The Slaughter-House Cases, 83 U.S. 36 (1873), was the first United States Supreme Court interpretation of the U.S. Constitution's Fourteenth Amendment which had recently been enacted. It was a pivotal case in early civil rights law and held that the Fourteenth Amendment protects the privileges or immunities of citizenship of the United States, not privileges and immunities of citizens of a state from their state governments. But the entire point of the 14th Amendment had been to protect state citizens from being deprived of privileges or immunities common to citizens (and resident persons) of the United States. To this day the interpretive error of these cases has not been corrected, although it has been worked around.

It came closest to being corrected in two cases, Roe v. Wade, and McDonald v. Chicago. In the first, the Supreme Court heard an appeal of the case decided in the district court, which found for the plaintiff on the grounds of the Ninth Amendment right of privacy being one of the privileges or immunities protected by the 14th Amendment. The Supreme Court justices all struggled to avoid reaching that result, through convoluted reasoning, but in the end decided the case on due process grounds.

Read carefully, that case reveals the real reason for the reluctance of the Supreme Court to accept the Privileges or Immunities clause, and incorporate it, because that would require then to incorporate the Ninth Amendment, and when a court did that, it found a "right of privacy" that provided a basis for making abortion a right. The Supreme Court, even though it did allow abortion to be treated as a right, is reluctant to find any more rights than those enumerated in the Bill of Rights and elsewhere in the Constitution.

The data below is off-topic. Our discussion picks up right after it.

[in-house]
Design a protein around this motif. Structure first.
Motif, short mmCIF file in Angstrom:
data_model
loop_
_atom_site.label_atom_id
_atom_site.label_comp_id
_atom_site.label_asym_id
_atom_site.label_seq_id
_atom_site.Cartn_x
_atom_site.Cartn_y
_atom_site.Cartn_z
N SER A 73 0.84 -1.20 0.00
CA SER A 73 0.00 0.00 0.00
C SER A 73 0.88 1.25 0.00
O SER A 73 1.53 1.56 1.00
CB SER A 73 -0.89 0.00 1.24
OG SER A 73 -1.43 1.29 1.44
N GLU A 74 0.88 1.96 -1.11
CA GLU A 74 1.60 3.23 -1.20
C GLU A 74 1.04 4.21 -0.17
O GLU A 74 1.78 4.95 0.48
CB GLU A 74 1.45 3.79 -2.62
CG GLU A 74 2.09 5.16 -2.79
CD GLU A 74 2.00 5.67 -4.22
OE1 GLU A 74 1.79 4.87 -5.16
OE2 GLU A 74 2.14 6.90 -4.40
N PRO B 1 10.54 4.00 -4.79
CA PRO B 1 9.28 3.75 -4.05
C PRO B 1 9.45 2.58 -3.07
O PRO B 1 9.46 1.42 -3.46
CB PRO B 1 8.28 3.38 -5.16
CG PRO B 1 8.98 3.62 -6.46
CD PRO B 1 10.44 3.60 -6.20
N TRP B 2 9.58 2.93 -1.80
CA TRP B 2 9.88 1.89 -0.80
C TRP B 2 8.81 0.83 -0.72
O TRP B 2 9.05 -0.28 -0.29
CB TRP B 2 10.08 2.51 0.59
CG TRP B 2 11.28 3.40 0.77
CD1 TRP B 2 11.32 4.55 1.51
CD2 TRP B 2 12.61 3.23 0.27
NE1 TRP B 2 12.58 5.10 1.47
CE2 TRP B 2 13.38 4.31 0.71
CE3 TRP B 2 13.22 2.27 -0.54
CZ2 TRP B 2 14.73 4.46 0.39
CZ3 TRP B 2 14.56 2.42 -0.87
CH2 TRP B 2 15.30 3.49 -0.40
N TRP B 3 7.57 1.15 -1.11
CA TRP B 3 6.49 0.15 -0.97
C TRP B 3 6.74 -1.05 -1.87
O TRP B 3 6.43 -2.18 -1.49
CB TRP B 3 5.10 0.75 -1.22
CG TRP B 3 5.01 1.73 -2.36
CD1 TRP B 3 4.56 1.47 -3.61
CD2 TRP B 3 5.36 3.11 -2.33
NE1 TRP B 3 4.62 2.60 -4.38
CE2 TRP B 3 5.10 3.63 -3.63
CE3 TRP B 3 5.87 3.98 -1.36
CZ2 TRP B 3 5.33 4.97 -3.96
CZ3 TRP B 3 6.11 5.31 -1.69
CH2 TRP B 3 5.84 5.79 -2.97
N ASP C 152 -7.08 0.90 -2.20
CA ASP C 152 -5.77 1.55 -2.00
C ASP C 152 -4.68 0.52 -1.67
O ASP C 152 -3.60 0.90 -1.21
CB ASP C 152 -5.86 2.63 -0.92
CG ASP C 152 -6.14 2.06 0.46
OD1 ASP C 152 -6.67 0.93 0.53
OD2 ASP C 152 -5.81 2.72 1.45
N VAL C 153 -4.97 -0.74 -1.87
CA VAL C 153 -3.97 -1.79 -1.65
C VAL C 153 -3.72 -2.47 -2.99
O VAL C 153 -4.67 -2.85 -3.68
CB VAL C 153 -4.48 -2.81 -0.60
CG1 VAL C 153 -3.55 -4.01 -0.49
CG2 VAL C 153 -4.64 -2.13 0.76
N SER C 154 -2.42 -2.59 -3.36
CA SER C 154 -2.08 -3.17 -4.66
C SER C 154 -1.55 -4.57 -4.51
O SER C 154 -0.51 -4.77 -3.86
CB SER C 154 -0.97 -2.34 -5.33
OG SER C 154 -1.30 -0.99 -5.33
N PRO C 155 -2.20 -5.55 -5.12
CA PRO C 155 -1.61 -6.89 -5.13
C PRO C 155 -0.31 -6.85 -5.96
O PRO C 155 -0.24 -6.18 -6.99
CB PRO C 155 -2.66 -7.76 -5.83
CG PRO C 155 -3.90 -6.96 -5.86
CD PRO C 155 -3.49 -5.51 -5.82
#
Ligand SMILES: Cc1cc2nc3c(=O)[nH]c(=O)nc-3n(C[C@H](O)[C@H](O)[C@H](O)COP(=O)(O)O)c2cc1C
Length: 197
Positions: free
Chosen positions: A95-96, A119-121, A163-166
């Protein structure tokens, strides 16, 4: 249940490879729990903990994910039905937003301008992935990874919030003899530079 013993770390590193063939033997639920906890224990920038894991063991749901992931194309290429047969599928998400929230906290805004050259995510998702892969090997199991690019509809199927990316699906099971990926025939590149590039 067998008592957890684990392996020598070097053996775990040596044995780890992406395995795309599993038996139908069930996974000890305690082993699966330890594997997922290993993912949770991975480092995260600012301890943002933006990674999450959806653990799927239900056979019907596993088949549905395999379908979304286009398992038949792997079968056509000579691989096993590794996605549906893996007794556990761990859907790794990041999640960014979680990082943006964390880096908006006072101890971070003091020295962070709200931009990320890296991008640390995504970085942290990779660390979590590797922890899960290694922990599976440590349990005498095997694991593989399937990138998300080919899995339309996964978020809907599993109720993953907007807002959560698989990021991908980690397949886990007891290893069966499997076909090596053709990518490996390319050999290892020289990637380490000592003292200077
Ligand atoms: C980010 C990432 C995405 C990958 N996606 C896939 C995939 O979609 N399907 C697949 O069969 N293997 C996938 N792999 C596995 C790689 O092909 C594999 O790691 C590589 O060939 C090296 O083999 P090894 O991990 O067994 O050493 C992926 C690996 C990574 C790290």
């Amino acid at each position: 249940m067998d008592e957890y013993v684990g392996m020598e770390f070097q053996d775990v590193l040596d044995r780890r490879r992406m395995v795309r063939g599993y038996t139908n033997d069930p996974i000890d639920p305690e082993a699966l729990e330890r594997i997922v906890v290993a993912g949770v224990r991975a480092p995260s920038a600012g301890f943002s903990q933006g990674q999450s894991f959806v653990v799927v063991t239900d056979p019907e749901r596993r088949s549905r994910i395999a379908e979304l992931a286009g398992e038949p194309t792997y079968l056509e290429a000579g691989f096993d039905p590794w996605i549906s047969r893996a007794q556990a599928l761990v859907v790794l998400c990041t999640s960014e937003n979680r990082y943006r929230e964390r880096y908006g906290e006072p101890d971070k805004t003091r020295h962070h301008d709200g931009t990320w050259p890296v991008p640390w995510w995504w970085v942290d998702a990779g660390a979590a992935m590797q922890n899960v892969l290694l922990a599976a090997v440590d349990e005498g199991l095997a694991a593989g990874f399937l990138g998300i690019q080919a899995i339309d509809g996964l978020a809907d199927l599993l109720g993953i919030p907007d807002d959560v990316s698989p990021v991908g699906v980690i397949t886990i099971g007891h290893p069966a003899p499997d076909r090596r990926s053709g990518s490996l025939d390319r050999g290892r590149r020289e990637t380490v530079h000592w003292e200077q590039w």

This controversy over the Ninth Amendment has been central to constitutional scholarship, with former judge Robert Bork likening it to an "ink blot" that should not be used because one could not be sure what it means.

McDonald v. Chicago, 561 U.S. 742 (2010), was expressly argued on the Privileges or Immunities Clause, but the Supreme Court of the United States found that the right of an individual to "keep and bear arms" as protected under the Second Amendment is incorporated by the Due Process Clause of the Fourteenth Amendment against the states, not the Privileges or Immunities Clause.  Justice Thomas dissented on that.

Public debt

The 14th goes on to say:
Section. 4. The validity of the public debt of the United States, authorized by law, including debts incurred for payment of pensions and bounties for services in suppressing insurrection or rebellion, shall not be questioned.
Some have tried to misread this to say that no federal debt shall be questioned. Of course, it only applies to federal debt incurred during the War of Secession, but it did have a profound impact on debt and money in the United States.

During the war the Union did not have enough gold or silver to pay its debts, so it issued paper money (greenbacks), fiat currency that the Union required its suppliers to accept as legal tender. But when those suppliers tried to pay their own suppliers with greenbacks, and those suppliers refused to accept the greenbacks, litigation ensued, called the Legal Tender Cases, that established that federal fiat currency was legal tender, not just on federal territory, but within the states as well. That situation continues to this day.


The 14th Amendment ends with
Section. 5. The Congress shall have power to enforce, by appropriate legislation, the provisions of this article.